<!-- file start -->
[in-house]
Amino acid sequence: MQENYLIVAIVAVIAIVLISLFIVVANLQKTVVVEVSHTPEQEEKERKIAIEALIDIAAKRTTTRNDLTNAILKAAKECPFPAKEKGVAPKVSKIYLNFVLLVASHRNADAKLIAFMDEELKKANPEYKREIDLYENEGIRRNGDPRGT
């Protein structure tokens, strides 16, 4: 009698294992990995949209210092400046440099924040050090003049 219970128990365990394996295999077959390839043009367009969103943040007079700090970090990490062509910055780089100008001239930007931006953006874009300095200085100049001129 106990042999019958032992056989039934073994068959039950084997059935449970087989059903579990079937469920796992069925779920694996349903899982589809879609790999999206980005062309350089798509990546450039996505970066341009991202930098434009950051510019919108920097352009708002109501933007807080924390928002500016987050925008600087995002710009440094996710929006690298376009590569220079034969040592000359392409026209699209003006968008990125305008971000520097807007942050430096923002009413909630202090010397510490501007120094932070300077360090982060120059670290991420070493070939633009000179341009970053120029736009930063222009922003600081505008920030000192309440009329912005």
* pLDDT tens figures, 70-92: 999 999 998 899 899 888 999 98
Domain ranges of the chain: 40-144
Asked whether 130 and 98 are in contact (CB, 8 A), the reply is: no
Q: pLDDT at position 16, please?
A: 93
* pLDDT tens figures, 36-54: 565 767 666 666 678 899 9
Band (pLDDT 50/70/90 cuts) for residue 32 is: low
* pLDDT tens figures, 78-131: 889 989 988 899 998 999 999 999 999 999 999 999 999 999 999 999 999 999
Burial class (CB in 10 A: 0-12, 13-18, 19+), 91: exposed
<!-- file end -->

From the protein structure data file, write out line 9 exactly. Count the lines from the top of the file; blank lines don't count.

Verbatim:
* pLDDT tens figures, 36-54: 565 767 666 666 678 899 9